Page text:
The trip began with us being marooned for 2½ hours on the 401 and was followed with the unsurprising yet disconcerting demolishment of my beloved Red Sox. Thankfully, this Toronto getaway was heavily punctuated by food. So let’s focus on that, shall we?

To no one’s surprise I am obsessed with all things Momofuku, starting with the sculpture that jets dramatically from the ground near the entrance. Chinese artist Zhang Huan took two years to complete “Rising,” which has “peace pigeons” moving up the building’s facade and twisted tree branches that are meant to resemble the body of a dragon.

Drinks were had at Nikai, a bar and lounge located in a glass cube on the second floor of Momofuku. The cocktails are grouped into sparkling, stirred, shaken and classic twists. We indulged in Paper Plane (bourbon, lemon, aperol, amaro), Royal Bermuda (rum, lime, falernum),  Sunrise and Sunset (amaro, cream soda) and an Alberta premium dark horse whiskey—all refreshing and delicious.

A walk down the stairs brought us to Momofuku Noodle Bar for dinner. Up first were the Pork Buns—they are what dreams are made of. Fluffy pillows of bread enveloped around soft pork belly, stuffed with tangy pickled cucumbers, scallions and a dollop of hoisin sauce. It is a well-thought-out combinations of flavours and textures. The Momofuku Ramen has shredded pork shoulder, creamy pork belly, green onions, a soft poached egg and fish cakes floating on tender noodles and submerged in the most delicious broth. After dinner, I snuck back upstairs to Momofuku Milk Bar for some take-away dessert—Crack Pie, a lavish object of my desire. Believe me when I tell you that this pie is good. Once you start eating this rich-sweet-salty-buttery-silky creation, you won’t be able to stop.

I then joined the rest of my peeps next door at the Shangri-La Hotel Lobby Lounge. The 90-seat Lobby Lounge is an urban living room. Natural light streams through two-storey windows that highlight large paintings, sculptures and an Italian handcrafted Fazioli piano set amid contemporary sofas and chairs. It was a particular frigid summer day so we huddled around the fireplace and had drinks and sipped on fancy tea (there are 68 different types to choose from).  I loved lingering at this Tony hotel lounge. It felt like we had run away to a sumptous and sophisticated hideaway.

And with that, our weekend had concluded. As if on cue, our drive home left us stranded yet again, this time for a shorter period. Thoughts of steaming pork buns swirled around in my head and occupied the idol time. Toronto, Shangri-La, Momofuku—can’t wait till I see you again.

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Kettleman’s Bagel Co.

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Walk into Kettleman’s and you’re right in the hub of the action.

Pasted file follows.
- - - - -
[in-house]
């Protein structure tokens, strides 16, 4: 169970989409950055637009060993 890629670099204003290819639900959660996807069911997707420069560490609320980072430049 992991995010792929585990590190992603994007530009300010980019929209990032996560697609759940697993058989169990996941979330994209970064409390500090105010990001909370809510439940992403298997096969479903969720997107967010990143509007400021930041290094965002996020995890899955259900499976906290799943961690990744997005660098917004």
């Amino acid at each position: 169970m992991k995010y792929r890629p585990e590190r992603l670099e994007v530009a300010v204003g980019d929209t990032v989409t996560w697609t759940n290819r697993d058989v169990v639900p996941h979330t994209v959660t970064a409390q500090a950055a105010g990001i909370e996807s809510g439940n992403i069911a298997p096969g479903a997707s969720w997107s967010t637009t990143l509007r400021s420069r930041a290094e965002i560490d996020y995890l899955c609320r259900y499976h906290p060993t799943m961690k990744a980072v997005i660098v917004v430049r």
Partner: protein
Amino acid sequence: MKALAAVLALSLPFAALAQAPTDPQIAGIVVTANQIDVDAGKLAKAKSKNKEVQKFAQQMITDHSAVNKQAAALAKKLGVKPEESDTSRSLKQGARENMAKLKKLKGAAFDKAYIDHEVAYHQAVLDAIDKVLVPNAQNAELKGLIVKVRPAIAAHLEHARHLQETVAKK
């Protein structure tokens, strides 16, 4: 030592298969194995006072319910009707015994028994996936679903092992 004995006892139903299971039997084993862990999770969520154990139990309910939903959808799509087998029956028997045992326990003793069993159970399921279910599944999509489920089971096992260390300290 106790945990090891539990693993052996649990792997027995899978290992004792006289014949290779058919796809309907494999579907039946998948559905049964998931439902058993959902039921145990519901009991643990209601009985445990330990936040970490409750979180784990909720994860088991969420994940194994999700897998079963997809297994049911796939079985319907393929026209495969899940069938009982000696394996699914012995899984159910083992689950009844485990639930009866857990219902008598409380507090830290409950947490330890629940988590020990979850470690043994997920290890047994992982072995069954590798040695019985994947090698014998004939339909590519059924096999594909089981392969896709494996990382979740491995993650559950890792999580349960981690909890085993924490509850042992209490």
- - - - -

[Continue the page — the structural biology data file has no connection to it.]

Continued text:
To the left, the bagel roller cuts and rolls the dough. To the right,  the bagels are boiled in honey water to seal moisture. The baker then finishes the bagels with fresh poppy or sesame seeds and bakes them for about twenty minutes in a wood-burning oven. The bagels never stop streaming out of the oven (over 6,000 a day), so it’s not uncommon to get one that’s still piping hot.

Founder and Montreal native Craig Buckley opened the first store in Ottawa in April of 1993. By rolling, kettling, and baking traditional Montreal-style bagels in a wood-fired oven using handpicked hardwood, this Ottawa-based business has become a legend around these parts.

A Kettleman’s bagel is toasty and crunchy on the outside and soft, chewy and sweet on the inside. These carby delights come in all the classic varieties like sesame, poppy and cinnamon raisin as well as more audacious flavours like lemon cranberry, mueslix and chocolate.

Whatever bagel you choose, they’re even better schmeared with one of the shop’s cream-cheese spreads. Kettleman’s also happen to make some of the most delicious bagel sandwiches. Best of all may be the Breakfast Bagel. Smokey bacon, a perfectly cooked egg, gooey cheddar cheese and served with a crunchy latke on the side.

To keep the line moving, they only accept cash or debit. Service is kind and fast. Kettleman’s is open 24/7 every day of the year, so you can nosh at any time of day or night. And believe me, it’s worth the schlep!

Kettleman’s Bagel Co. is located at 912 Bank St in the Glebe.

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Kettleman's Bagel Co. on Urbanspoon

Restaurant Review: Burgers n’ Fries Forever

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There is certainly no shortage of burger joints looking to re-invent the hamburger experience. Add Burgers and Fries Forever, aka BFF to the list. Nestled near Barrymore’s at 329 Bank street in Ottawa, BFF bill themselves as burgerologists, where you can find all things fresh, local, hand-cut, small batched and halal, with gluten-free and vegan options.